Get rid of child abuse ministers and don't let them come back

Royal Commission urges churches to take a tough line

The Royal Commission into Institutional Responses to Child Sexual Abuse has recommended the permanent removal of any religious minister against whom a complaint of child sexual abuse has been substantiated “on the balance of probabilities”.


The final report of the five-year inquiry, which ran to 17 volumes and 189 recommendations, called for a systematic overhaul of the culture, structure and governance practices that allowed paedophiles to flourish. Section 16 was specifically addressed to religious institutions.

“If a complaint against a person in religious ministry of child sexual abuse is plausible – they should be stood down from ministry while the complaint is investigated,” the report said.

“When such a complaint is received, an initial risk assessment should be conducted to identify and minimise any risk to children.”

Ministers convicted of an “offence relating to child sexual abuse” should “have their religious status removed”.

In addition, the commission urged that all people in religious ministries be trained to know:

  • what kinds of allegations or complaints relating to child sexual abuse should be reported and to whom
  • how to identify inappropriate behaviour which may be a precursor to abuse, including grooming
  • how to recognise physical and behavioural indicators of child sexual abuse
  • that all complaints relating to child sexual abuse must be taken seriously, regardless of the perceived severity of the behaviour.

It called on religious institutions to implement the royal commission’s ten Child Safe Standards and provide additional training on them for candidates for religious ministries.

The Child Safe Standards are:

  •  Child safety is embedded in institutional leadership, governance and culture
  •  Children participate in decisions affecting them and are taken seriously
  • Families and communities are informed and involved
  • Equity is upheld and diverse needs are taken into account
  • People working with children are suitable and supported
  • Processes to respond to complaints of child sexual abuse are child focused
  • Staff are equipped with the knowledge, skills and awareness to keep children safe through continual education and training
  • Physical and online environments minimise the opportunity for abuse to occur
  • Implementation of the Child Safe Standards is continuously reviewed and improved
  • Policies and procedures document how the institution is child safe.

The report said any religious confessions involving children should take place within sight of another adult and religious institutions should consider setting up national registers of information to identify people who put children at risk of harm.

Specific recommendations for the Catholic church, whose institutions were responsible for the greatest number of alleged perpetrators and abused children, included removing secrecy provisions of canon law and implementing a national protocol to screen candidates for seminary.

“The Australian Catholic Bishops Conference should request the Holy See to consider introducing voluntary celibacy for diocesan clergy,” it said.

The Anglican Church was urged to develop a national approach selection of candidates for ordination and set a uniform standard to discipline bishops.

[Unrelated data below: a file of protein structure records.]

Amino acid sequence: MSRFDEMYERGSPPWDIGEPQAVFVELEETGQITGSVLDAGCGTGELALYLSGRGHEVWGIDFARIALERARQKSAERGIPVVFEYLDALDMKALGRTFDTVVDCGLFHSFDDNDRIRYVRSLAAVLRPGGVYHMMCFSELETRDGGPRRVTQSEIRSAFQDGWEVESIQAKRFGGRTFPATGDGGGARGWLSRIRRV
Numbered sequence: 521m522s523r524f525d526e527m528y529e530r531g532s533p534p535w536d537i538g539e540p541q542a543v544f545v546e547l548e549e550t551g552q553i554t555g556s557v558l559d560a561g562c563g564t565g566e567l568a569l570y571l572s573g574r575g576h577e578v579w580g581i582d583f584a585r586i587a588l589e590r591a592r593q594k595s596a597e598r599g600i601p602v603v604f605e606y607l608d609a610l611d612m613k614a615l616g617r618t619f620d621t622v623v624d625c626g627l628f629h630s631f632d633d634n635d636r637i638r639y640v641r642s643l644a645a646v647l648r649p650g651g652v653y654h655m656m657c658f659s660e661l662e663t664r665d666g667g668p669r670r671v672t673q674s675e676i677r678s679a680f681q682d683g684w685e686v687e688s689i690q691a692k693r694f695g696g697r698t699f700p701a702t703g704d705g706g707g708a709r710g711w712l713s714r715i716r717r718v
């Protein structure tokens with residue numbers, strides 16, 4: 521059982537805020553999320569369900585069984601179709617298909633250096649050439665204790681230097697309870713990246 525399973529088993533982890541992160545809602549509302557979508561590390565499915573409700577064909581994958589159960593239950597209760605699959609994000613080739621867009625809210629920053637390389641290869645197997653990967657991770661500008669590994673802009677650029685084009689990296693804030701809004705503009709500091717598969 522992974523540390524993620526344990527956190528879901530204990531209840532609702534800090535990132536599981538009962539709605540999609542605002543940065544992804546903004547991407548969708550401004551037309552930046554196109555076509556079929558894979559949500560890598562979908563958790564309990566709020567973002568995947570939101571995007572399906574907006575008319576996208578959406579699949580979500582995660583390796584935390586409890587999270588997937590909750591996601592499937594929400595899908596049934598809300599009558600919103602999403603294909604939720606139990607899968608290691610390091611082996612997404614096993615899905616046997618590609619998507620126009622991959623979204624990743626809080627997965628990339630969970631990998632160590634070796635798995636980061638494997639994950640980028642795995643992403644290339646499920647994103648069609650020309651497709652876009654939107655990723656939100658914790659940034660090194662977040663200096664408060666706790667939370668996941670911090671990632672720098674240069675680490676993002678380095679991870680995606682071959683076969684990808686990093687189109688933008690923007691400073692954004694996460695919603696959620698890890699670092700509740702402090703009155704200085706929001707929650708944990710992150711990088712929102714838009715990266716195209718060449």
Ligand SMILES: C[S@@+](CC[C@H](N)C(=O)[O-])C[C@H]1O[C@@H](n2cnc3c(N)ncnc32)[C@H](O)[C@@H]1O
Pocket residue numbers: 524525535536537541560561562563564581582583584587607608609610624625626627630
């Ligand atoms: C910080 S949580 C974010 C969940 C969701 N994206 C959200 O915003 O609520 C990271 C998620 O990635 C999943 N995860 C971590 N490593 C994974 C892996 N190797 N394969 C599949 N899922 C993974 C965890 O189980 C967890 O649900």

“In many religious institutions, the power afforded to people in religious ministry and the misplaced trust of parents combined with aspects of the institutional culture, practices and attitudes to create risks for children,” the commission said in its executive summary.

“Alleged perpetrators often continued to have access to children even when religious leaders knew they posed a danger.

“We heard that alleged perpetrators were often transferred to other locations but they were rarely reported to police. The failure to understand that the sexual abuse of a child was a crime with profound impacts for the victim, and not a mere moral failure capable of correction by contrition and penance (a view expressed in the past by a number of religious leaders) is almost incomprehensible.

“It can only be explained by acknowledging that the culture of some religious institutions prioritised alleged perpetrators and institutional reputations over the safety of children.”

The final report called on major institutions that work with children to report on their implementation of the royal commission’s recommendations each year for the next five years.

It said the Australian government should conduct a review after ten years to see if the recommendations had been implemented.

Archbishop Denis Hart of the Australian Catholic Bishops’ Conference today said many of the recommendations would have “significant impact” on the way the Catholic Church operated.

“This is a shameful past, in which a prevailing culture of secrecy and self-protection led to unnecessary suffering for many victims and their families,” he said in a statement.

“Once again I reiterate my unconditional apology for this suffering and a commitment to ensuring justice for those affected.”

The CEO of the Catholic Church’s Truth Justice and Healing Council, Francis Sullivan, called on the Prime Minister, state premiers and chief ministers to immediately set up a COAG committee to implement the recommendations in the Royal Commission’s final report.

“The Prime Minister has to show that this report is going to be taken 100 per cent seriously, that it’s not going to be put in a drawer,” Sullivan said in a statement.

“Governments should consider announcing the establishment of a joint COAG working party very soon after the release of the report, then institutions and others need to set up their own implementation processes to engage with the government process.

“We cannot afford for this to get lost over the summer, to get shouted down by the current political point scoring that’s going on.